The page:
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Foundry Files

A Fab in Transition: Moving from Construction to Full-Scale Production

Back in 2006 when the Fab 8 project was first announced, it was projected to be a $4 billion investment that would create approximately 1,200 high-skilled jobs with an annual payroll of nearly $75 million. These were impressive numbers that drew a lot of attention in both the Capital Region and the industry at large, and for good reason.


Since then, the project has blown every expectation out of the water.

Fab 8 now represents an enormous endeavor with nearly $15 billion of investment. While many companies have been shedding employees, GLOBALFOUNDRIES has already hired more than 3,000 new people for the Fab 8 campus, representing an annual payroll of nearly $350 million. And the construction of Fab 8 has created approximately 20,000 new construction jobs, with more than 10 million man-hours of construction labor.

The scope of the project has changed to keep up with a changing industry. The market has shifted dramatically with the mobile revolution and its demand for power efficiency and long battery life. And the steady march of progress in Moore’s Law has continued, as semiconductor technology has moved from planar transistors to three-dimensional FinFETs.

Fab 8 is right at the center of this transition as we develop one the world’s most advanced semiconductor manufacturing facilities in upstate New York. In April 2014, we announced a new strategic collaboration with Samsung to deliver global capacity for leading-edge 14 nm FinFET process technology. This technology will be a critical enabler for a variety of next-generation applications, from smartphones and wearables to cloud computing and Big Data. Our rallying cry at Fab 8 is “14 in 15” as we drive to ramp the early-access version of this technology (14LPE) to volume production by the end of the year.

As we drive to ramp 14LPE to volume production, we have been engaged in an aggressive construction and tool install ramp on campus, with as many as 20 tools per week installed during peak activity. I am pleased to report that the aggressive 14nm capacity ramp is now nearing a successful completion. 14LPE is qualified and well on its way to volume production. We have passed our peak construction and tool installation pace and expect to complete this phase of the aggressive tool ramp by the end of 2015 while we concurrently ramp manufacturing output.

This is a significant milestone in our journey at Fab 8, as the mix of activity on campus is beginning to shift from construction to full-scale production. With this shift comes a natural draw-down in construction activity on the site. While all of us at Fab 8 have become accustomed to the steady buzz of activity that comes with a site that is under constant construction, the goal has always been to become a fully operational semiconductor fab producing leading-edge chips for our customers. Today we are one step closer to realizing that vision.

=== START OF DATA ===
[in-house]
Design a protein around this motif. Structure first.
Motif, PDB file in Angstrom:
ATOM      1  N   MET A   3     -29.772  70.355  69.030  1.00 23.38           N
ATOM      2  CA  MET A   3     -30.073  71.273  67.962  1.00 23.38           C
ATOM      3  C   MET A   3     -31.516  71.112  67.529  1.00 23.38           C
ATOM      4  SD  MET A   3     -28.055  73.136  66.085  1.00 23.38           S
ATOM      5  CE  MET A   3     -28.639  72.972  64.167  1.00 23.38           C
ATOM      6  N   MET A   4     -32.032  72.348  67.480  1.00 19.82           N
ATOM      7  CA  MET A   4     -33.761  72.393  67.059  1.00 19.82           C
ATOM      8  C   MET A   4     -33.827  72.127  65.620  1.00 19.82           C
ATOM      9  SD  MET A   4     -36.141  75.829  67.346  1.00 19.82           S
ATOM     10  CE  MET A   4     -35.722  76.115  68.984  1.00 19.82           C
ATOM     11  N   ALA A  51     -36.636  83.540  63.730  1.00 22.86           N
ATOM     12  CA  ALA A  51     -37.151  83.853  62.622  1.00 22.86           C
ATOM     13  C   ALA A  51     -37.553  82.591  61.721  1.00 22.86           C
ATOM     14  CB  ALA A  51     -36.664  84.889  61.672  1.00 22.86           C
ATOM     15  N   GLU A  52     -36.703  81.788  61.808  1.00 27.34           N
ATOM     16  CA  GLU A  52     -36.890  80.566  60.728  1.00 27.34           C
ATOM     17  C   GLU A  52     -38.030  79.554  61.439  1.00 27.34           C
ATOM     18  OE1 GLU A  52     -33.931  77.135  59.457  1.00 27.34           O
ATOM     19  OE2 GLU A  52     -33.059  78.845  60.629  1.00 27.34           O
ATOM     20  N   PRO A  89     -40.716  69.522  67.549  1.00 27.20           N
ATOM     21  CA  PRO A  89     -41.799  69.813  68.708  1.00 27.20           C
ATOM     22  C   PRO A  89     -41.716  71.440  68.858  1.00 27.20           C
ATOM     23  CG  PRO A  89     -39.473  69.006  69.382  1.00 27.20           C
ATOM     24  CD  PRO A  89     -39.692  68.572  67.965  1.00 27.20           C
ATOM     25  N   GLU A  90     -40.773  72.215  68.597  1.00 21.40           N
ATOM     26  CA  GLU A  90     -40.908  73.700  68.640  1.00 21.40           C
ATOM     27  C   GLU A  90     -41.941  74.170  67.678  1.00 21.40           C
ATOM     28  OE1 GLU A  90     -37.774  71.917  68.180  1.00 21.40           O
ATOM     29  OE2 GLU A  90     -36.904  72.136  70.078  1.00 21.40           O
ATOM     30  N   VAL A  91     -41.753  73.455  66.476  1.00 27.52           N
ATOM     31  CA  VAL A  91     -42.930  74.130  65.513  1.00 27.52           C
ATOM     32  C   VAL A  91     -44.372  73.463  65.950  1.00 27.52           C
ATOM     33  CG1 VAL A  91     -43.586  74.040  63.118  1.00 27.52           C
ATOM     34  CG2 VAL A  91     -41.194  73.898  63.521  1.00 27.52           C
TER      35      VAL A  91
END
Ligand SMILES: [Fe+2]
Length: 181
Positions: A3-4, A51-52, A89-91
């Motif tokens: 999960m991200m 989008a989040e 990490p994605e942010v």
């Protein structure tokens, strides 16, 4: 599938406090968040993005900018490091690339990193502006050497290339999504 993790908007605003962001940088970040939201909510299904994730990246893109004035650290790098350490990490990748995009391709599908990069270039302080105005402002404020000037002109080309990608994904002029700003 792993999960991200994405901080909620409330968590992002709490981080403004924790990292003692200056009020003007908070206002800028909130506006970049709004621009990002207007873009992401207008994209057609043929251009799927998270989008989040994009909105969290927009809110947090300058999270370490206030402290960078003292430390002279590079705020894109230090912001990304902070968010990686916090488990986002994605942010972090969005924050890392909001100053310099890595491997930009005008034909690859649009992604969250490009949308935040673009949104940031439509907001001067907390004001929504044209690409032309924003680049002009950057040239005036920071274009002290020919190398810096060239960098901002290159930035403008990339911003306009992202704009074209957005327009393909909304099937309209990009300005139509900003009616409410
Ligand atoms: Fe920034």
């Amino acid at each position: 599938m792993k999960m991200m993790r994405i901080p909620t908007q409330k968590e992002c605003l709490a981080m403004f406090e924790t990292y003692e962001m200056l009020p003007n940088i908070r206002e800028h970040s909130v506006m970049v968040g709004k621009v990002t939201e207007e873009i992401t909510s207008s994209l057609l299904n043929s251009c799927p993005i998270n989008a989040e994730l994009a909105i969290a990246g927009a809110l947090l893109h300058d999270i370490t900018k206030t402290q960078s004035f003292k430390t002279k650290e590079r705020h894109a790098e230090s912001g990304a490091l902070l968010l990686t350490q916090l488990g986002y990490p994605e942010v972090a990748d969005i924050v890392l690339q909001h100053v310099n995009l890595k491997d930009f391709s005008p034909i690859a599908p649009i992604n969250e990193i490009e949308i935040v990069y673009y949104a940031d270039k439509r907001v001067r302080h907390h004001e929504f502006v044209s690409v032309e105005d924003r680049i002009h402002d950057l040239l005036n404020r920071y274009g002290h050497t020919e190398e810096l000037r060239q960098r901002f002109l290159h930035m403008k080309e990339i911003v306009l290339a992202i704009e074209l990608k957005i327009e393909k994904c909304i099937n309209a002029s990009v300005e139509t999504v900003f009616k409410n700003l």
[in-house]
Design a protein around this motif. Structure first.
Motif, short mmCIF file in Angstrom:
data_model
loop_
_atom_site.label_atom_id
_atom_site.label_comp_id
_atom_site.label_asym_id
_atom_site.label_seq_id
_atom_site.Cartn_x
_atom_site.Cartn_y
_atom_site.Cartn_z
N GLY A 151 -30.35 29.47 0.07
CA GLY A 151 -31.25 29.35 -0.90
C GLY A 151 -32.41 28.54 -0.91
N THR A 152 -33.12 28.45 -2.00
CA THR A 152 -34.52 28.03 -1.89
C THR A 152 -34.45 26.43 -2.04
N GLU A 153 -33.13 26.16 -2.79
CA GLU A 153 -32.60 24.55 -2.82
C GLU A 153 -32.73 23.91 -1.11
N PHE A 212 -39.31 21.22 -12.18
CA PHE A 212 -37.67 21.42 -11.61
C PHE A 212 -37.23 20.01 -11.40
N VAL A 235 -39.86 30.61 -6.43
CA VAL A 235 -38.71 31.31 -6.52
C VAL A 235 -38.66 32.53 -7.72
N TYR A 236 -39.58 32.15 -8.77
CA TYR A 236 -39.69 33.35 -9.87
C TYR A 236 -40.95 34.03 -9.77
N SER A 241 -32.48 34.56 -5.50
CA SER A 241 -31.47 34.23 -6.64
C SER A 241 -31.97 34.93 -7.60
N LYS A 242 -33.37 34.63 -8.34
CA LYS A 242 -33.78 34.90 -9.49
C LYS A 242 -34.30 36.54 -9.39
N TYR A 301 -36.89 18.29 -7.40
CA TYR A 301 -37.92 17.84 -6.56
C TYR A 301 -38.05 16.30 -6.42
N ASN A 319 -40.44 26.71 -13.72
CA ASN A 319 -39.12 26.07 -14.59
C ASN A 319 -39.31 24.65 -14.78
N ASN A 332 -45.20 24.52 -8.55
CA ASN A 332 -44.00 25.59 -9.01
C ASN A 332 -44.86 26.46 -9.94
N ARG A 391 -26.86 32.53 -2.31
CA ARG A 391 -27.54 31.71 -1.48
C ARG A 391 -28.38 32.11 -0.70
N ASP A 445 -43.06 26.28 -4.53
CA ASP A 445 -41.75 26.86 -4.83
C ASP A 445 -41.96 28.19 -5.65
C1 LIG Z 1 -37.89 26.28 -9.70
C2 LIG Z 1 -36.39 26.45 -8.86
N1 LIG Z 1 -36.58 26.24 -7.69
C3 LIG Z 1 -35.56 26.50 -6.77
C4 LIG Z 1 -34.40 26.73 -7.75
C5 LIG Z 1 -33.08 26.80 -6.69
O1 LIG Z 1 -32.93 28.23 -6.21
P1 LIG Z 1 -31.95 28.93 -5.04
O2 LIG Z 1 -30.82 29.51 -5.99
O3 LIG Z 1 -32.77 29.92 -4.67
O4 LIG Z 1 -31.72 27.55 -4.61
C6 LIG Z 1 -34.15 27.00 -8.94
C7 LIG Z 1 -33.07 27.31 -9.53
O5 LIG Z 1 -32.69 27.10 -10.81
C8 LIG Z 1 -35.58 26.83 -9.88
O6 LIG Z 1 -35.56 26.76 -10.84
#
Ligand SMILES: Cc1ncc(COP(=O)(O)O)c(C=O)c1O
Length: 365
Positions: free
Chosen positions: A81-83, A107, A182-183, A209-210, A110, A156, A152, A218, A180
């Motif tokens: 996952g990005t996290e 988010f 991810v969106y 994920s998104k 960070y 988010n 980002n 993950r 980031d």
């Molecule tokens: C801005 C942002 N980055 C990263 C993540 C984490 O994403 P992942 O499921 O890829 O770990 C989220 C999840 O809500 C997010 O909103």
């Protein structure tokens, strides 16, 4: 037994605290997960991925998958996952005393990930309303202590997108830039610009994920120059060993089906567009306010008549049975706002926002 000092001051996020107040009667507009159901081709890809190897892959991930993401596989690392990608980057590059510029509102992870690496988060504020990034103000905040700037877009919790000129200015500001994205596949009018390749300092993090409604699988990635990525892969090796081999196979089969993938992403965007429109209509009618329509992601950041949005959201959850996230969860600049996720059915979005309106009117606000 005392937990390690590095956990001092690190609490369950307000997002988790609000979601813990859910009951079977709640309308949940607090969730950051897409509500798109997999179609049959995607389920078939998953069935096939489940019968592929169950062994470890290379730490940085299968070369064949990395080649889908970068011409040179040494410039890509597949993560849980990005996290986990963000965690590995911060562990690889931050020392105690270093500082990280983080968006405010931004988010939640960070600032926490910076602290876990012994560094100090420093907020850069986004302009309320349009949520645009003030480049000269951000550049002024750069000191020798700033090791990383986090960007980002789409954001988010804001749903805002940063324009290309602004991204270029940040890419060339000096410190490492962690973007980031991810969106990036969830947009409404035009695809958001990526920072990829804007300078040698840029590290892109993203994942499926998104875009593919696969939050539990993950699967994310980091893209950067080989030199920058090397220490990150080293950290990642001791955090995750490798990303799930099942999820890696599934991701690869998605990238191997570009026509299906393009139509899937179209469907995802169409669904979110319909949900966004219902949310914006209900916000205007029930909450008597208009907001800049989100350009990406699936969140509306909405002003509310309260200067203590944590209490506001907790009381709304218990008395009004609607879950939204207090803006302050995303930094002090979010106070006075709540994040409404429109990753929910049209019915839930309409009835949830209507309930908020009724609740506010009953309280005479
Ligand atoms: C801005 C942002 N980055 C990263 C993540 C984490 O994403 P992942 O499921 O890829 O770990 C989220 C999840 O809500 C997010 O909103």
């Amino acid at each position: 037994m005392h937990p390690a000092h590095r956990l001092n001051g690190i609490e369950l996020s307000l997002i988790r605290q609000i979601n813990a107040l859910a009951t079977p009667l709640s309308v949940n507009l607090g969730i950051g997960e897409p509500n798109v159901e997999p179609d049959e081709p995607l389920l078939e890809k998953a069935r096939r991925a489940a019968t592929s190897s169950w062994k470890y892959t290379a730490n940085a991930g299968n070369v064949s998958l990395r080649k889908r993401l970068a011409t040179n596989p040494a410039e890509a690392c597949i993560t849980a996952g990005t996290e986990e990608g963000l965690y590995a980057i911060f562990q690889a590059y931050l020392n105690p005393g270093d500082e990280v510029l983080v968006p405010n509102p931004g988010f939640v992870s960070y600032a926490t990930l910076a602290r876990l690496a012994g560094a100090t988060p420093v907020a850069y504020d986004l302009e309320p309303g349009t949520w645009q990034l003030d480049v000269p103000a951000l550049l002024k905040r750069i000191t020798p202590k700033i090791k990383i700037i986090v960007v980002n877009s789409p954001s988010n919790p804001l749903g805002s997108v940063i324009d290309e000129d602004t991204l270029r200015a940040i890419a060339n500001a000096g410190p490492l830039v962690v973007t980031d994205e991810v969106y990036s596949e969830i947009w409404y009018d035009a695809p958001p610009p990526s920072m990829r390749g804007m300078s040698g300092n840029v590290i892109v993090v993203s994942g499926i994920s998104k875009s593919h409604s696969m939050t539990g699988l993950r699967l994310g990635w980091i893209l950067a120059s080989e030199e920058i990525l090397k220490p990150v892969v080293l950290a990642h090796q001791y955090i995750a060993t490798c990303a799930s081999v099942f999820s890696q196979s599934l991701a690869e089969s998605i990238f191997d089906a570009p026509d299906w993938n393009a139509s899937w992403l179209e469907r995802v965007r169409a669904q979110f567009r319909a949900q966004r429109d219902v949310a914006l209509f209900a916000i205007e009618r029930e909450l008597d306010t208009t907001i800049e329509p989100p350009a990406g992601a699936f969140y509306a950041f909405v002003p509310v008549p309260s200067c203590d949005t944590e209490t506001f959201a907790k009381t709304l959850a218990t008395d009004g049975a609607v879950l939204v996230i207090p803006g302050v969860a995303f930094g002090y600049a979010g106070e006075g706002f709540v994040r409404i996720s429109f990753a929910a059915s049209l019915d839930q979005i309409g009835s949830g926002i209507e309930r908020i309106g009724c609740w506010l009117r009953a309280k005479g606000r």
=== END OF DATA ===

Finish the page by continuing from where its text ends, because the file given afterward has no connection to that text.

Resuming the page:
The timing of this transition aligns well with industry dynamics. While the foundry industry has enjoyed impressive growth rates in recent years—frequently outpacing the rest of the technology industry—analysts expect growth in 2015 to be somewhat less robust due to conditions in the larger economy. Along with other major semiconductor manufacturers, we will be slowing our tool purchases and trimming our capital expenditures as we move away from the fast-paced tool ramp.

However, the story doesn’t end there. Analysts expect double-digit growth to return to the foundry industry again in 2016. And in 2016 our product portfolio will transition to the performance-enhanced version of the 14nm technology (14LPP). This technology is on track for qualification at the end of 2015, with the volume ramp beginning in early 2016. The ramp of 14LPP is expected to drive additional construction activity on the site, meaning the growth story at Fab 8 will continue.

Dr. Thomas Caulfield is senior vice president and general manager of Fab 8 in Saratoga County, NY. Caulfield, who joined the company in May 2014, leads the operations, expansion and ramp of semiconductor manufacturing production at Fab 8, where GF supports customers on the world’s most advanced semiconductor manufacturing technology platforms.

About Author

Dr. Thomas Caulfield

Dr. Thomas Caulfield is the Chief Executive Officer of GlobalFoundries. Prior to being named CEO, Tom was Senior Vice President and General Manager of the company’s leading-edge 300 mm semiconductor wafer manufacturing facility (Fab 8), located in Saratoga County, NY. Caulfield, who joined the company in May 2014, led the operations, expansion and ramp of semiconductor manufacturing production at Fab 8.

Caulfield brings a track record of results through an extensive career spanning engineering, management and global operational leadership with leading technology companies. Most recently, Caulfield served as president and chief operations officer (COO) at Soraa, the world’s leading developer of GaN on GaNTM (gallium nitride on gallium nitride) solid-state lighting technology. Prior to Soraa, Caulfield served as president and COO of Ausra, a leading provider of large-scale concentrated solar power solutions for electricity generation and industrial steam production. Before that, Caulfield served as executive vice president of sales, marketing and customer service at Novellus Systems, Inc.

Prior to that, Caulfield spent 17 years at IBM in a variety of senior leadership roles, ultimately serving as vice president of 300mm semiconductor operations for IBM’s Microelectronics Division, leading its state-of-the-art wafer fabrication operations in East Fishkill, NY.

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